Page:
Young Adult (18-35)
North American (General)
Note: Transcripts are generated using speech recognition software and may contain errors.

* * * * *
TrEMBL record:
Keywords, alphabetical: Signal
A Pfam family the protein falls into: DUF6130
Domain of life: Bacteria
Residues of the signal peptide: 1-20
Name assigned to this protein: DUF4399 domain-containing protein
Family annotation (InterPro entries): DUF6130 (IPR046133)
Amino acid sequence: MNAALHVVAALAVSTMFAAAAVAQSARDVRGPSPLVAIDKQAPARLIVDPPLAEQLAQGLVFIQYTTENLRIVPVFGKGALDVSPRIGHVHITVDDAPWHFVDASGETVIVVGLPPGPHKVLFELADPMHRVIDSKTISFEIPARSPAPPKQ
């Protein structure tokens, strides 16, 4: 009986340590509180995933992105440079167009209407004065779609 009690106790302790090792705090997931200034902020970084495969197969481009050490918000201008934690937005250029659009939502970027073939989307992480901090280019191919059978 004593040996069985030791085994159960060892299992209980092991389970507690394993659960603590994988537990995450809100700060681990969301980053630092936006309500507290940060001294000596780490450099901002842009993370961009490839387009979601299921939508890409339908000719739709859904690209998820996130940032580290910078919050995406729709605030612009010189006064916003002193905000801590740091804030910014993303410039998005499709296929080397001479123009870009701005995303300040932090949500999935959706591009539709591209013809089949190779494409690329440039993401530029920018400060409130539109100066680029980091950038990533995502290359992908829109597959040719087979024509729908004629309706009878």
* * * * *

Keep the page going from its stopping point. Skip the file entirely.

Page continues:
the new dot com bubble is here. It's called online advertising by Jesse Frederick and Markets Martin, narrated by Andy Cowl. Sometime in June 2003 Mel Karmazin, the president of Viacom, one of the largest media conglomerates in the world, walked into the Google offices in Mountain View, California. Google was a hip, young tech company that made money actual money off the Internet. Karmazin was there to find out how Larry Page and Eric Schmidt, Google's founder and its CEO, respectively, were already seated in the conference room. When co founder Sergey Brin came in out of breath, he was wearing shorts and roller skates. The Google guys told Karma. Seen that the search engines earnings came from selling advertisements. Companies could buy paid links to websites that would appear at the top of users, search results and Google worked as a middleman, connecting websites with ad space to advertisers eager to get their banners scene, Schmidt continued. Our business is highly measurable. We know that if you spend X dollars on ads, you'll get why dollars in revenues at Google, Schmidt maintained, you pay only for what works. Karmazin was horrified. He was an old fashioned advertising man and where he came from, a Super Bowl ad? A cost $3 million. Why? Because that's how much it cost. What is it? Yield? Who knows? I'm selling $25 billion of advertising a year, Karmazin said. Why would I want anyone to know what works and what doesn't? Leaning on the table, hands folded, he gazed at his hosts and told them, You're ******* with the magic. For more than a century, advertising was an art, not a science. Hard data didn't exist. An advertising guru of the Don Draper type proclaimed What you call love was invented by guys like me to sell nylons, and advertisers could only hope it was true. You put your commercials on the air, you put your brand in the paper and you started praying. Would anyone see the ad? Would anyone act on it? Nobody knew. In the early 19 nineties, the Internet sounded the death. Now, for that era of advertising, today we no longer live in the age of madmen but of math. Men looking for customers clicks, conversions, Google and Facebook know where to find them. With unprecedented precision, these data giants will get the right message delivered to the right people at the right time. Unassuming Internet users are lured into online shops. Undecided voters are informed about the evils of US presidential candidate Elizabeth Warren, and cars zip by on the screens of potential buyers. A test drive is only a click away. But is any of it riel? What do we really know about the effectiveness of digital advertising, our advertising platforms? Any good at manipulating us? You'd be forgiven for thinking The answer to that last question is yes, extremely good. After all, the market is huge. The amount of money spent on Internet ads goes up each year. In 2018 more than $273 billion was spent on digital ads globally, according to the research firm eMarketer. Most of those ads were purchased from two companies. Google 116 billion in 2018 and Facebook, 54.5 billion in 2018. Newspapers are teeming with treatises about these tech giants saturnine activities. An essay by best selling author Yuval Noah Harari on the end of free will exemplifies the genre. According to the Israeli thinker, it's only a matter of time before big data systems understand humans much better than we understand ourselves. In ah, highly acclaimed new book, Harvard professor Shoshana Zuba off predicts 1/7 extinction wave where human beings lose the will to will. Cunning marketers can predict and manipulate our behavior. Facebook knows your soul. Google is hacking your brain. I, too, used to believe that these tech giants were all knowing entities. But while writing this story, I have come to realize that this belief is as wrong as it is popular, a former Facebook engineer once said. And he's been quoted 1000 times over. The best minds of my generation are thinking about how to make people click on ads. I spoke to some of those best minds economists employed and formerly employed by the most powerful companies in Silicon Valley. Yahoo, Google, Microsoft, eBay, Facebook, Netflix, Pandora and Amazon. They weren't always easy to get a hold of. I'd send an email in late October, and perhaps they would have an hour in January at some ungodly hour in Europe. And then there was the language barrier. These guys did not speak English but fluent economies. My economies is not all bad. But two hours of Housman tests, incremental bidding and exogenous variation is too much even for an enthusiast such as myself. Still mixed in with the jargon, there were enough anecdotes to make your head spin. They would utter one line in plain English that I'd end up mulling over the rest of the day. The story that emerged from these conversations is about much more than just online advertising. It's about a market of 1/4 of a trillion dollars governed by irrationality. It's about nobles about how even the biggest data sets don't always provide insight. It's about organizations and why they are so hard to change. And it's about us and how easy we are to manipulate. One thing was gradually becoming clear. These guys are ******* with the magic, and nobody knows it. Or as Gary Johnson, who used to work for Yahoo, told me, I don't have anybody pounding down my door telling me I'm ******* with their magic because, well, they don't even know who I am. Steve to Dellis was the most accessible of the bunch. He instantly replied to my email. I would be delighted to talk. Did Ellis told me about his work for eBay, a broad grin lining his face. It all started with a surrealistic phone call to a data consultant did. Ellis was a professor of economics at the University of California, Berkeley, when he went and spent a year at eBay. In August 2011 during one of his first conversations with eBay's marketing team, they invited him to sit down with their consultants. The consultants could tell him how profitable each of eBay's ad campaigns had been, and since did. Ellis was an economist. Maybe he'd like to quiz them about their methods. Proprietary transformation functions, one of the consultants had said on the phone went to Dallas, reached out. They used proprietary transformation functions, had 25 years of experience and a long list of prominent clients. Wednesday, Del is pressed them. He realized that proprietary transformation functions was only a clever disguise. For your garden variety statistics. You take the weekly expenditure on ads, combine it with the weekly sales and voila, fold the mixture into a scatter plot and see what happens. Easy is that this is garbage to Dallas, thought correlation. As any statistics one a one class will inform you is not causation. What did these impressive numbers mean if the people who see your ad are the exact same people who were going to use eBay anyway? EBay is no small fry. Surely lots of people looking for shoes end up on the online auction site all by themselves. Whether they see an ad or not. Picture this. Luigi's Pizzeria hires three teenagers to hand out to bonds to passer by. After a few weeks of flyer ing, one of the three turns out to be a marketing genius. Customers keep showing up with coupons distributed by this particular kid. The other two can't make any sense of it. How does he do it? When they asked him, he explains, I stand in the waiting area of the pizzeria. It's plain to see that Junior's no marketing wiz pizzerias do not attract more customers by giving coupons to people already planning to order a Quattro stategy only five minutes from now. Economists refer to this as a selection effect. It is crucial for advertisers to distinguish such a selection effect. People see your ad, but we're already going to click by register or download from the advertising effect. People see your ad, and that's why they start clicking, buying, registering, downloading today, Ellis asked how exactly the consultants made this distinction. We use LaGrange multipliers, one of them said, and for a second to Dallas, was astounded. What LaGrange multipliers. But LaGrange multipliers don't have anything to do with. Then it hit me, the Dallas recalled. This guy's trying to out jargon me. I resisted the temptation to say, I'm sorry, you're ******. I actually teach this stuff instead. Did Ellis decided to continue the conversation in economies? LaGrange multipliers. That's fascinating, he replied. So now I know you have a constrained optimization model. And as we all know, the LaGrange multipliers are the shadow values of the constraints in the objective function. We all know this right? The line went silent. So what is your objective function and what are your constraints? Steve, are you on a cell phone because you're breaking up and I can't hear you